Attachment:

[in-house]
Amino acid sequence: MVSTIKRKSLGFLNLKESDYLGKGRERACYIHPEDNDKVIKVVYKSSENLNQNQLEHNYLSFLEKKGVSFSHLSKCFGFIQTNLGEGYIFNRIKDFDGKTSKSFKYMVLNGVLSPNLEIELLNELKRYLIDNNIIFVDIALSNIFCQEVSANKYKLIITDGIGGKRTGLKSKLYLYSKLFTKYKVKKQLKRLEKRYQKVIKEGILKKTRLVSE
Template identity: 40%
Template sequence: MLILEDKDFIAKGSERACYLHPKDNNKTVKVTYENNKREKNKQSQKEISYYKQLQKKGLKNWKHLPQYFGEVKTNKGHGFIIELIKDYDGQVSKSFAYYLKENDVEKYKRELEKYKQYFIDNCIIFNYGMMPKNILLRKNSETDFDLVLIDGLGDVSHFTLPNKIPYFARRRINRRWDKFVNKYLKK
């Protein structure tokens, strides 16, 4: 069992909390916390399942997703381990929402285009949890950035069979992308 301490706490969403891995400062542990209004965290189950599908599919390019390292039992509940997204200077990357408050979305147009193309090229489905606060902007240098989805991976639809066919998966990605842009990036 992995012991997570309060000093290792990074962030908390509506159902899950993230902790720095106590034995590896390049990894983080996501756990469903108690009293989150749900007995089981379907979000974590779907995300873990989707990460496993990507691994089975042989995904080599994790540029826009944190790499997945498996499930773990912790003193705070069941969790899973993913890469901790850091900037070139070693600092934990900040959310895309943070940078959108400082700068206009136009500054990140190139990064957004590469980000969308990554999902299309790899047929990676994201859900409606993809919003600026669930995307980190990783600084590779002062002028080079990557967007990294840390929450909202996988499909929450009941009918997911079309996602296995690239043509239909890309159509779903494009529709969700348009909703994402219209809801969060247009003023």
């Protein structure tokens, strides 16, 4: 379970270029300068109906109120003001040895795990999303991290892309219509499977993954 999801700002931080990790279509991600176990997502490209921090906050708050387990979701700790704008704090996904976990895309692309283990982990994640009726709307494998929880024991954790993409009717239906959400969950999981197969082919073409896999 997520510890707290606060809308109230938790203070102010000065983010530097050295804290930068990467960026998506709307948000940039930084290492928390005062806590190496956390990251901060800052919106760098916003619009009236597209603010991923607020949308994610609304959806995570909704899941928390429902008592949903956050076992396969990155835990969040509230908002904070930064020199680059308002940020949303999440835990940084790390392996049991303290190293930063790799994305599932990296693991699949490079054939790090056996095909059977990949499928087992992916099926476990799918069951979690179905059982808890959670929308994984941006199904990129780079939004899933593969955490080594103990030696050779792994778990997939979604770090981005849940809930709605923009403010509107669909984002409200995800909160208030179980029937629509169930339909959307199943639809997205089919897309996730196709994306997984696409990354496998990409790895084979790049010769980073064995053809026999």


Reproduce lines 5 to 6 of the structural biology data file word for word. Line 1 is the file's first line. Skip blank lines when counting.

């Protein structure tokens, strides 16, 4: 069992909390916390399942997703381990929402285009949890950035069979992308 301490706490969403891995400062542990209004965290189950599908599919390019390292039992509940997204200077990357408050979305147009193309090229489905606060902007240098989805991976639809066919998966990605842009990036 992995012991997570309060000093290792990074962030908390509506159902899950993230902790720095106590034995590896390049990894983080996501756990469903108690009293989150749900007995089981379907979000974590779907995300873990989707990460496993990507691994089975042989995904080599994790540029826009944190790499997945498996499930773990912790003193705070069941969790899973993913890469901790850091900037070139070693600092934990900040959310895309943070940078959108400082700068206009136009500054990140190139990064957004590469980000969308990554999902299309790899047929990676994201859900409606993809919003600026669930995307980190990783600084590779002062002028080079990557967007990294840390929450909202996988499909929450009941009918997911079309996602296995690239043509239909890309159509779903494009529709969700348009909703994402219209809801969060247009003023």
């Protein structure tokens, strides 16, 4: 379970270029300068109906109120003001040895795990999303991290892309219509499977993954 999801700002931080990790279509991600176990997502490209921090906050708050387990979701700790704008704090996904976990895309692309283990982990994640009726709307494998929880024991954790993409009717239906959400969950999981197969082919073409896999 997520510890707290606060809308109230938790203070102010000065983010530097050295804290930068990467960026998506709307948000940039930084290492928390005062806590190496956390990251901060800052919106760098916003619009009236597209603010991923607020949308994610609304959806995570909704899941928390429902008592949903956050076992396969990155835990969040509230908002904070930064020199680059308002940020949303999440835990940084790390392996049991303290190293930063790799994305599932990296693991699949490079054939790090056996095909059977990949499928087992992916099926476990799918069951979690179905059982808890959670929308994984941006199904990129780079939004899933593969955490080594103990030696050779792994778990997939979604770090981005849940809930709605923009403010509107669909984002409200995800909160208030179980029937629509169930339909959307199943639809997205089919897309996730196709994306997984696409990354496998990409790895084979790049010769980073064995053809026999």